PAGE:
I've posted another video on You Tube. It's titled "14th Machine. A one sided attempt."

In this experiment, I start by putting the ferrofluid on only one of the two wedge magnets.

The fluid is pulled to the greatest part of the first magnet. The ferrofluid moves into the first capillary. The ferrofluid reaches the end of the capillary and spikes. The ferrofluid breaks off from the end of the capillary. The ferrofluid drips onto the weakest part of the second magnet. The ferrofluid is pulled to the strongest part of the second magnet. And, the ferrofluid enters the second capillary.

Unfortunately, after four days of slowly dripping, the first capillary stops dripping due to evaporation, so there is no more fluid available to enter the second capillary, and the fluid only enters the second capillary to about a half a centimeter.

However, this experiment does show that the ferrofluid does not become corrupted when moving through the first capillary in a way that keeps it from entering the second.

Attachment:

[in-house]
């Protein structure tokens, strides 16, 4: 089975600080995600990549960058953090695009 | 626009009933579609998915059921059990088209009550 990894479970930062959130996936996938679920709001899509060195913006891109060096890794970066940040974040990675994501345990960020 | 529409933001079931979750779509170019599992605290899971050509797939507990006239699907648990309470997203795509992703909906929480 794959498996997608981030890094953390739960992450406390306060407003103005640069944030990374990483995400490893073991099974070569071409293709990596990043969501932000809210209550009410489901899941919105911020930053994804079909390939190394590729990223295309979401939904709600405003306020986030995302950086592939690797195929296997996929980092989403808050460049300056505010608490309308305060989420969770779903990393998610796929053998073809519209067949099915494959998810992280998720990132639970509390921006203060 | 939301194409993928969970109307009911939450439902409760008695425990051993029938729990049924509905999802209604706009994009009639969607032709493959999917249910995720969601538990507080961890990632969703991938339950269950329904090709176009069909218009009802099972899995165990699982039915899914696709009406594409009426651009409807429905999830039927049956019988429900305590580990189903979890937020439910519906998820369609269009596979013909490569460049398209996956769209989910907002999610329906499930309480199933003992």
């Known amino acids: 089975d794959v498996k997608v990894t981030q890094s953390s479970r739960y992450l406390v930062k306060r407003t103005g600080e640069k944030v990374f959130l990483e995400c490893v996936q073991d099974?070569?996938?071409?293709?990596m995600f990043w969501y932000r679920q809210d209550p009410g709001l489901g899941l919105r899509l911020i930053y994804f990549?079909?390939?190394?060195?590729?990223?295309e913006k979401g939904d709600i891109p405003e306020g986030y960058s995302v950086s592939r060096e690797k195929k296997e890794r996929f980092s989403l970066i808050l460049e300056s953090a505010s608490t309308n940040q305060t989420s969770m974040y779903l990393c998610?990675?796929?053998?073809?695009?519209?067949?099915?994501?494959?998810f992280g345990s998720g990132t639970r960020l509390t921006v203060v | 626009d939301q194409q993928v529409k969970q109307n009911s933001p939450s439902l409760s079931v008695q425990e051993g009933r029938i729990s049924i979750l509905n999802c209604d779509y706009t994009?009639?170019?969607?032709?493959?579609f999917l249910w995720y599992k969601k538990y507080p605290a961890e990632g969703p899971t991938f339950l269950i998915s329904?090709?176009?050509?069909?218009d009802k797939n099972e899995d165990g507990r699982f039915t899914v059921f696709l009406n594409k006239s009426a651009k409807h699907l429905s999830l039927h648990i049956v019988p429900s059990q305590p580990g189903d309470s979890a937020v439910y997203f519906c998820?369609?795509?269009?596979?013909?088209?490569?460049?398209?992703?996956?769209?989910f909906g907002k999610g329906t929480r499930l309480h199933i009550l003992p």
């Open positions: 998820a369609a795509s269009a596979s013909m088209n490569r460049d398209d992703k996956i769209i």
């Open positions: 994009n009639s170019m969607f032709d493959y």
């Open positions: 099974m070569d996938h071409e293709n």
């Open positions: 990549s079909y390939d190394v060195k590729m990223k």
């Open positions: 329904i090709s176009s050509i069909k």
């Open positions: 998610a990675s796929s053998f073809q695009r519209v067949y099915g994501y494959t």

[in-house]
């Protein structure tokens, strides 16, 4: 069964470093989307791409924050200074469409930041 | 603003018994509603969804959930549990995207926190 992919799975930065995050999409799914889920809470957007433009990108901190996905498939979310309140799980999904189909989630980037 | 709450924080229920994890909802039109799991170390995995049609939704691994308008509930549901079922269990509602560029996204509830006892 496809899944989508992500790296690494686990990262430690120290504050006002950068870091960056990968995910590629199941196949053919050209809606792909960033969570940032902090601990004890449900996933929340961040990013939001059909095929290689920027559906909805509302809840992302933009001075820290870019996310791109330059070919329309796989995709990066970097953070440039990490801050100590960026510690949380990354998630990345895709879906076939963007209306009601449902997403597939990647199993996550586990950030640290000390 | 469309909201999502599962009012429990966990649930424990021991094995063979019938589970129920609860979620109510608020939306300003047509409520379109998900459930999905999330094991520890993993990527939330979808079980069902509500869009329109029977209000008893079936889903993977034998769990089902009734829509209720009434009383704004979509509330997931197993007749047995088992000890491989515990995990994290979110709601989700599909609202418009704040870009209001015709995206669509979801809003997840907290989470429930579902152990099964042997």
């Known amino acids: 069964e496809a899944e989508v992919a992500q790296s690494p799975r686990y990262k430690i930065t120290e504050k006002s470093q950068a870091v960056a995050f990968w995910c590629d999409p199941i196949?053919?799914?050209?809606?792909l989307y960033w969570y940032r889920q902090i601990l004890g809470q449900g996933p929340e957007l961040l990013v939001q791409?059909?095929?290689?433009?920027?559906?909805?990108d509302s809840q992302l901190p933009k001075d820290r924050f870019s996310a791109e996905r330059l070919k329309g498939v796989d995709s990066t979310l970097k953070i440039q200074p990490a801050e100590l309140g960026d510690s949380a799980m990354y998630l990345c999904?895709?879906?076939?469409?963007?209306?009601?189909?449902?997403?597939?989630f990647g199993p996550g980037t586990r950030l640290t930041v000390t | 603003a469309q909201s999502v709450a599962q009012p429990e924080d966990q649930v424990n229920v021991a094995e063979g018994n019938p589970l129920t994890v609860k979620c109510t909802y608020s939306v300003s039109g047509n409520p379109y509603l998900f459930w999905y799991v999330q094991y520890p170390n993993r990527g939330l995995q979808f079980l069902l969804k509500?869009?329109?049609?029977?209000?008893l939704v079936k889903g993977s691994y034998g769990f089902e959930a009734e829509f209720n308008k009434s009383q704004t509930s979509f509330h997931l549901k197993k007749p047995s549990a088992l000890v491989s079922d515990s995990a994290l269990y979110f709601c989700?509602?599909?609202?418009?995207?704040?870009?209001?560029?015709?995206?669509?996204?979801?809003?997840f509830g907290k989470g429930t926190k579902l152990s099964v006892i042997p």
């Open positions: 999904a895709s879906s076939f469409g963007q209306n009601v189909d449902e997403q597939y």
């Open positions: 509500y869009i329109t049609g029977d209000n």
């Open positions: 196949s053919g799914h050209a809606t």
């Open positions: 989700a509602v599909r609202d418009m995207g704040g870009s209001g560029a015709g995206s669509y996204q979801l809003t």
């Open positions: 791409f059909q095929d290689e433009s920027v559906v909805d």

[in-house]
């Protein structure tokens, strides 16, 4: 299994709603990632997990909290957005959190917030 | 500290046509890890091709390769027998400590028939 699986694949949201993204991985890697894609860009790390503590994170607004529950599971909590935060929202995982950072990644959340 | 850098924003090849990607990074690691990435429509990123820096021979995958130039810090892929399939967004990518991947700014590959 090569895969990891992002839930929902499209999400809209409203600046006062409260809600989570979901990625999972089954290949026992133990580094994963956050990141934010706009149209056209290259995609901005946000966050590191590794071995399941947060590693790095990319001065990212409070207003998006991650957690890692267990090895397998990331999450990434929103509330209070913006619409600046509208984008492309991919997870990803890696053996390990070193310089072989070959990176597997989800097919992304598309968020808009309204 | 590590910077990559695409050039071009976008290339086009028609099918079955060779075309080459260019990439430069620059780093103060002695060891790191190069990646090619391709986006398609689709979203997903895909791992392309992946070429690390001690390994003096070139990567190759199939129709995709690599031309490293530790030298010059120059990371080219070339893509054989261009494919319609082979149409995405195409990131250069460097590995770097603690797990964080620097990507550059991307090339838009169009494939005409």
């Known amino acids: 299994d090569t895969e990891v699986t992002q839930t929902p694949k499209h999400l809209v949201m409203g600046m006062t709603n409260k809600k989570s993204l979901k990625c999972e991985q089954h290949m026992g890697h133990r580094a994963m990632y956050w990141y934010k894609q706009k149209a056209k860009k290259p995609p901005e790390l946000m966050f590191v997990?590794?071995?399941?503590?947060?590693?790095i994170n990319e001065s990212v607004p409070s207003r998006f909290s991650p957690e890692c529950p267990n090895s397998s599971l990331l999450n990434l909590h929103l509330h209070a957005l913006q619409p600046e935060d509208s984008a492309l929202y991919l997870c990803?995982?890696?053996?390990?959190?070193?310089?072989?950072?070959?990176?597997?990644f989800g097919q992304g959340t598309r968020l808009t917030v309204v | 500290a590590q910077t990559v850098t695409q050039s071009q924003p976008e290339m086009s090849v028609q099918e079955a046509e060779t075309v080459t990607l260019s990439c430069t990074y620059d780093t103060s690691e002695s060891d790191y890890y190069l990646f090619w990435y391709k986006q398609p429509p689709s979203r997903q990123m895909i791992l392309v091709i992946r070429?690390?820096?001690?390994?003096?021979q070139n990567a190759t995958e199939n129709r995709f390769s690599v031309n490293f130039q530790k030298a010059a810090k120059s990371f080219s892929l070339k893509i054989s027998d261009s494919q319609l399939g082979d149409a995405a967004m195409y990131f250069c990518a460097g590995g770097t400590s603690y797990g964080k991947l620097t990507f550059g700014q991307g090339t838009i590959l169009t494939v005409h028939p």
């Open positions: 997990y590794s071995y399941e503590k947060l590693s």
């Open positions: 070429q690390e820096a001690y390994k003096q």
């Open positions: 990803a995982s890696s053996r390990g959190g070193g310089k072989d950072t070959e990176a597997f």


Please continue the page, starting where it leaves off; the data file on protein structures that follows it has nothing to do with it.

"Don't give up though "

Thank you. I won't.

John Cuthber:

"The ferrofluid will be attracted to the strongest part of the magnet and, because that's the place it's most attracted to, it will stay there."

After coming up with this design, but before I built it, I suspected that this might be true. I suspected that perhaps after reaching the strongest part of the magnet, that the magnetic liquid would not move into the capillary and away from the strongest part of the magnet. But it does. And this can be seen happening in the videos on You Tube. (It's is especially clear in the latest one: "14th Machine. A one sided attempt.")

If you're interested, you can see the ferrofluid move away from the strongest part of the magnet.

Thank you.

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### #45 md65536

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Posted 13 February 2011 - 02:55 AM

"Don't give up though "

Thank you. I won't.